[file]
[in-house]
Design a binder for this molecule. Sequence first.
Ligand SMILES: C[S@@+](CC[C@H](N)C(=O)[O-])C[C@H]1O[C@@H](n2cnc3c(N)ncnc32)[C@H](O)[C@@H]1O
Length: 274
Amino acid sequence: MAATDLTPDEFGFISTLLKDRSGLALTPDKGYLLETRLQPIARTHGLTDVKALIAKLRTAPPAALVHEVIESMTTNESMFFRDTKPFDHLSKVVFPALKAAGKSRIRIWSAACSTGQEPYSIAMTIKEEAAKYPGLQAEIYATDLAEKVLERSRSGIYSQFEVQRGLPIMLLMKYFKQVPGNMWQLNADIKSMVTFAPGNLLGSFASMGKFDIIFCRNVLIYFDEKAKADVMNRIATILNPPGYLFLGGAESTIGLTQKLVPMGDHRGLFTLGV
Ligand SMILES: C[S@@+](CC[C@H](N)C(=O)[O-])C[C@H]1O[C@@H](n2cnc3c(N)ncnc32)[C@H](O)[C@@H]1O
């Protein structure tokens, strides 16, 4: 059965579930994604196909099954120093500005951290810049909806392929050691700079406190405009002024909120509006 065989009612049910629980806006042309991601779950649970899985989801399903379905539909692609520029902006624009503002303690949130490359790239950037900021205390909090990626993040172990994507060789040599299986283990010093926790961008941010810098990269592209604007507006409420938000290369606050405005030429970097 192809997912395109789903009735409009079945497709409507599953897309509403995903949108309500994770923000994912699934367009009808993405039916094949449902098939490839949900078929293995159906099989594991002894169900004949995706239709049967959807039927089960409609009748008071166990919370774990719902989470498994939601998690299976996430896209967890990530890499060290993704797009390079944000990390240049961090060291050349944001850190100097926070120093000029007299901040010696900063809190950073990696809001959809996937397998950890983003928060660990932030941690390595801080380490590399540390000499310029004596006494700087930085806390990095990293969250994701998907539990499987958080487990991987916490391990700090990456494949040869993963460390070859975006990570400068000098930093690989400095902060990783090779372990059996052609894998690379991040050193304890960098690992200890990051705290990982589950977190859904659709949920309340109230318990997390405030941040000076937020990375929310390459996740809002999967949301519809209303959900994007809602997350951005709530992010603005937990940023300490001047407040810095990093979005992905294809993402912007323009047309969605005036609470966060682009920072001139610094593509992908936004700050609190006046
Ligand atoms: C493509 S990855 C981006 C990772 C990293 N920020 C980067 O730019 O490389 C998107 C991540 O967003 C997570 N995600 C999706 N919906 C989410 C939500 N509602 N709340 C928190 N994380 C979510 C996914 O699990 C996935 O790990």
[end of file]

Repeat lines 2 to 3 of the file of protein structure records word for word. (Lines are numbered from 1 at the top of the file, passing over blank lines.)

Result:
Design a binder for this molecule. Sequence first.
Ligand SMILES: C[S@@+](CC[C@H](N)C(=O)[O-])C[C@H]1O[C@@H](n2cnc3c(N)ncnc32)[C@H](O)[C@@H]1O